The drive to Catalina can be long (depending where you live and/or the time of day). But with up-close views of the mighty Santa Catalina Mountains and limited desert landscape, it's a pretty drive (in spite of the rapid growth along this once-wild corridor). By time you arrive at Bubb's, you'll be in the mood for a hearty Western meal.
Western, in this case, means Texas barbecue. There's pork, chicken and ribs aplenty, and, of course, the requisite Texas favorite--beef. Other items include BBQ spaghetti that combines pork and beef that's been Bubb'd (no explanation), deep-fried shrimp and some salads. On Fridays, there's a Wisconsin fish fry.
Bubb's is decorated as you might expect: lots of wood, a cement floor begging for peanut shells, steer horns, cowboy boots, animal pelts, blankets and plenty of cowboy artwork.
Our server was so brand-new that she had to read the menu to make sure she understood what we were ordering, but she was learning and trying hard. To the credit of the folks at Bubb's, they did have a trainer by her side. This young woman filled in the gaps that the new girl forgot.
We kicked off the meal with an order of tobacco onions with prairie sauce ($4.95) and burnt ends and pieces ($6.50). John ordered a beer, and I ordered a sarsaparilla. We waited to order our entrées as the menu needed another look-see--there were quite a few intriguing choices.
For entrees, John chose a bar-b-que combo ($10.95) that included Texas beef brisket and some pulled pork shoulder (chicken, smoked turkey or a hot link are the other options). His side kicks, as they are called at Bubb's, were the cattle drive beans and prairie potato salad. I ordered the boss hog ($19.50), a full rack of hog wild, lip-smacking barbeque pork ribs. My sides were hillside red potatoes and mac and cheese.
Our server brought the appetizers faster than greased lightning. One plate held a mass of deep-fried, lightly battered onion shreds. The prairie sauce was a mayo-based dipping sauce enhanced with just enough hot spices to tingle the old taste buds. The other plate was exactly what it said: bits and pieces of nicely burnt beef brisket pieces, slathered with Bubb's award-winning sauce. Both were more than finger-lickin' good. We finished off the bits and pieces, but barely made a dent in the onions and had them packed up to take home.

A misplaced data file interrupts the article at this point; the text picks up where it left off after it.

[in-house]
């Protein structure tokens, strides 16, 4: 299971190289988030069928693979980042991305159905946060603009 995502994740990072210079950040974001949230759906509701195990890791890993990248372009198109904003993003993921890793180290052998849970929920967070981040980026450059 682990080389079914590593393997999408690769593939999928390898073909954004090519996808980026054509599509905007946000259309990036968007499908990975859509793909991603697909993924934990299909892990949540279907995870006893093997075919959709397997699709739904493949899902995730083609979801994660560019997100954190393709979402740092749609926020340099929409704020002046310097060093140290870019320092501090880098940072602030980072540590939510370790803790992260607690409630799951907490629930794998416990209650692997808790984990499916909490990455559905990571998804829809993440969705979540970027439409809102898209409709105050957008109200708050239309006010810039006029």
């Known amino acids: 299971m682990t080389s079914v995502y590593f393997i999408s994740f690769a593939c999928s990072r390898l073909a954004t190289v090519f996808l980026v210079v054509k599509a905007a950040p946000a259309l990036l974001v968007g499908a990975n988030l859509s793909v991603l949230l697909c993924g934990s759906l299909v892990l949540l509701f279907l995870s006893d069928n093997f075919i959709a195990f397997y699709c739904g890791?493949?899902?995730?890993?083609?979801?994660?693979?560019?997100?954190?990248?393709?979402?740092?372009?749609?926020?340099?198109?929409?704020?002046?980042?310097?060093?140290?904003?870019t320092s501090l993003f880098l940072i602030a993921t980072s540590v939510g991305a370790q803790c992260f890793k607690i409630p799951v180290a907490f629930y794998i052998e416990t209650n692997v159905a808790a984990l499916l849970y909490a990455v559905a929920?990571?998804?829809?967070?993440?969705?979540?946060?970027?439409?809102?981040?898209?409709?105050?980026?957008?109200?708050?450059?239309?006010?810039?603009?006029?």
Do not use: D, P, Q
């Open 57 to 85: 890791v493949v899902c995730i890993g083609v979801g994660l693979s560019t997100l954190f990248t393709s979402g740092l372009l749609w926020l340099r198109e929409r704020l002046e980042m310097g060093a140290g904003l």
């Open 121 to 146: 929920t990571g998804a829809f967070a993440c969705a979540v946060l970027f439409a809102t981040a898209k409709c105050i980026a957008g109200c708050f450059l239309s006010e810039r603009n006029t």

Entrées arrived next: Both of our plates were overflowing. My ribs held plenty of tender meat that had been cooked out back in Bubb's big smoker. A mopping of Bubb's award-winning sauce had turned to a spicy, charred coating. Bubb's sauce is rich with spices, picante sauce, peppers and more. Cooked, it's hot stuff; fresh out the jar, it lights a fire in your mouth. These ribs didn't even need the extra sauce; they were that good.
John's meal was enough for two hefty eaters. The pulled pork almost melted in your mouth, and the brisket was also tender and tasty. He poured some of the milder barbecue sauce on top. It was all that was needed.
Our side kicks were disappointing (save for the beans). My mac and cheese suffered from overcooked pasta and undercooked sauce, and the red potatoes weren't anything to brag about. The potato salad was heavy with onion and, like the red potatoes, was only fair. The beans were quite delicious: Black beans and pinto beans were served in lightly spiced natural juices. They went well with the smoky meats.
We were way too full to even attempt dessert, and since all are ice cream-based, it would have been impossible to get any one of them home in time.
Our lunch visit was on a Saturday. There was a small crowd, so a table was easy to find. Service this time was decidedly more experienced and relaxed. The server even wore a cowboy hat!
John had the brisket sandwich ($6.95) served on a kaiser roll. His sides this time were the beans again, and the red potatoes. I ordered the quarter-pound burger ($5.45), also served on a kaiser roll. My sides were the spicy black bean salad and the steak fries. We both ordered lemonade.
John's meal was much the same as his dinner, only in a different form. Again, the beef was tender and smoky, with the beans good and spicy, and the taters so-so.
My burger was less than what I would expect from a meat-lovin' joint like Bubb's. Oddly, the bun is what made this burger good. The fries were thick-cut, but again, nothing different or outstanding. My bean salad didn't win any raves, either.
We did order the house special dessert: apple cinnamon delight ($3.95). This was a cowboy take on apple shortcake. Crispy, cinnamon-sprinkled tortilla chips were topped high with vanilla ice cream, thick baked apple slices, whipped cream, a maraschino cherry and a dusting of more cinnamon. It was rich and just different enough to almost finish off.
Bubb's has hits, and Bubb's has misses. The folks there know their meat. And their hearts are certainly in the right place--they want to serve people good barbecue. But competition for barbecue lovers is tough, and a little tweaking might help keep Bubb's in the fray.
One thing's for sure: You'll walk away from Bubb's Grub with a full belly and probably a take-out container of some good barbecue.